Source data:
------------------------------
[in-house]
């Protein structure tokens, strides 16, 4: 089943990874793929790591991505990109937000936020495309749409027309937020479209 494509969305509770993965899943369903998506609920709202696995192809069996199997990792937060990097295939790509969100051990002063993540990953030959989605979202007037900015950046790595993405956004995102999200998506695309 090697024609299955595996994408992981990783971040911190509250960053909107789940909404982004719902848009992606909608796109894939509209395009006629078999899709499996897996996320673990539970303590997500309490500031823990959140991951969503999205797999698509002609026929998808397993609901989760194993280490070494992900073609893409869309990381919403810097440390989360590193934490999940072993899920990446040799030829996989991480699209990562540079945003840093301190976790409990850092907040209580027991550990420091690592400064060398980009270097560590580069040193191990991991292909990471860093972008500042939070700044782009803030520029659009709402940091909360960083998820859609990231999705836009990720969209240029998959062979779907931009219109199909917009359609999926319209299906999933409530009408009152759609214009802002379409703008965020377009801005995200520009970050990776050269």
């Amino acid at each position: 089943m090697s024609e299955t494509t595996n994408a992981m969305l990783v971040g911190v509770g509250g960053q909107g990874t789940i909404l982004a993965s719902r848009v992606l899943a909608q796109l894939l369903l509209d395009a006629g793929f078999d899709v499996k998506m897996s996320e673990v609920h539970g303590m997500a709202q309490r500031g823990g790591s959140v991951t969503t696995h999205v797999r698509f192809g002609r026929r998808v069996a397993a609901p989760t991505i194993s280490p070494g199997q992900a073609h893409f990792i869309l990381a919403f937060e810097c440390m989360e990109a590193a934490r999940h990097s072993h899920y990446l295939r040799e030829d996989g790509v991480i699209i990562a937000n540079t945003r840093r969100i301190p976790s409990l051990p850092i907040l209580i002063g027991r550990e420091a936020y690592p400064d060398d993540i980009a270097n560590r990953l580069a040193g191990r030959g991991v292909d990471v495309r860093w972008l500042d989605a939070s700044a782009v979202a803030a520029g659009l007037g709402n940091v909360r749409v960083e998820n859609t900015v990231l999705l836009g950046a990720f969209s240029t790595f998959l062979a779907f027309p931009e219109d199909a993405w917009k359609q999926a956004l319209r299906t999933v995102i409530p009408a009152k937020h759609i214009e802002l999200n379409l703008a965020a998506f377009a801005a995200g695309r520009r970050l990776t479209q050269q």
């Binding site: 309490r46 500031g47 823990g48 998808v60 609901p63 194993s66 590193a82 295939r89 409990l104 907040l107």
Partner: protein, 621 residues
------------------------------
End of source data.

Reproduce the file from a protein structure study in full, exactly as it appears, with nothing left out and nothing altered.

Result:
[in-house]
């Protein structure tokens, strides 16, 4: 089943990874793929790591991505990109937000936020495309749409027309937020479209 494509969305509770993965899943369903998506609920709202696995192809069996199997990792937060990097295939790509969100051990002063993540990953030959989605979202007037900015950046790595993405956004995102999200998506695309 090697024609299955595996994408992981990783971040911190509250960053909107789940909404982004719902848009992606909608796109894939509209395009006629078999899709499996897996996320673990539970303590997500309490500031823990959140991951969503999205797999698509002609026929998808397993609901989760194993280490070494992900073609893409869309990381919403810097440390989360590193934490999940072993899920990446040799030829996989991480699209990562540079945003840093301190976790409990850092907040209580027991550990420091690592400064060398980009270097560590580069040193191990991991292909990471860093972008500042939070700044782009803030520029659009709402940091909360960083998820859609990231999705836009990720969209240029998959062979779907931009219109199909917009359609999926319209299906999933409530009408009152759609214009802002379409703008965020377009801005995200520009970050990776050269």
């Amino acid at each position: 089943m090697s024609e299955t494509t595996n994408a992981m969305l990783v971040g911190v509770g509250g960053q909107g990874t789940i909404l982004a993965s719902r848009v992606l899943a909608q796109l894939l369903l509209d395009a006629g793929f078999d899709v499996k998506m897996s996320e673990v609920h539970g303590m997500a709202q309490r500031g823990g790591s959140v991951t969503t696995h999205v797999r698509f192809g002609r026929r998808v069996a397993a609901p989760t991505i194993s280490p070494g199997q992900a073609h893409f990792i869309l990381a919403f937060e810097c440390m989360e990109a590193a934490r999940h990097s072993h899920y990446l295939r040799e030829d996989g790509v991480i699209i990562a937000n540079t945003r840093r969100i301190p976790s409990l051990p850092i907040l209580i002063g027991r550990e420091a936020y690592p400064d060398d993540i980009a270097n560590r990953l580069a040193g191990r030959g991991v292909d990471v495309r860093w972008l500042d989605a939070s700044a782009v979202a803030a520029g659009l007037g709402n940091v909360r749409v960083e998820n859609t900015v990231l999705l836009g950046a990720f969209s240029t790595f998959l062979a779907f027309p931009e219109d199909a993405w917009k359609q999926a956004l319209r299906t999933v995102i409530p009408a009152k937020h759609i214009e802002l999200n379409l703008a965020a998506f377009a801005a995200g695309r520009r970050l990776t479209q050269q």
């Binding site: 309490r46 500031g47 823990g48 998808v60 609901p63 194993s66 590193a82 295939r89 409990l104 907040l107």
Partner: protein, 621 residues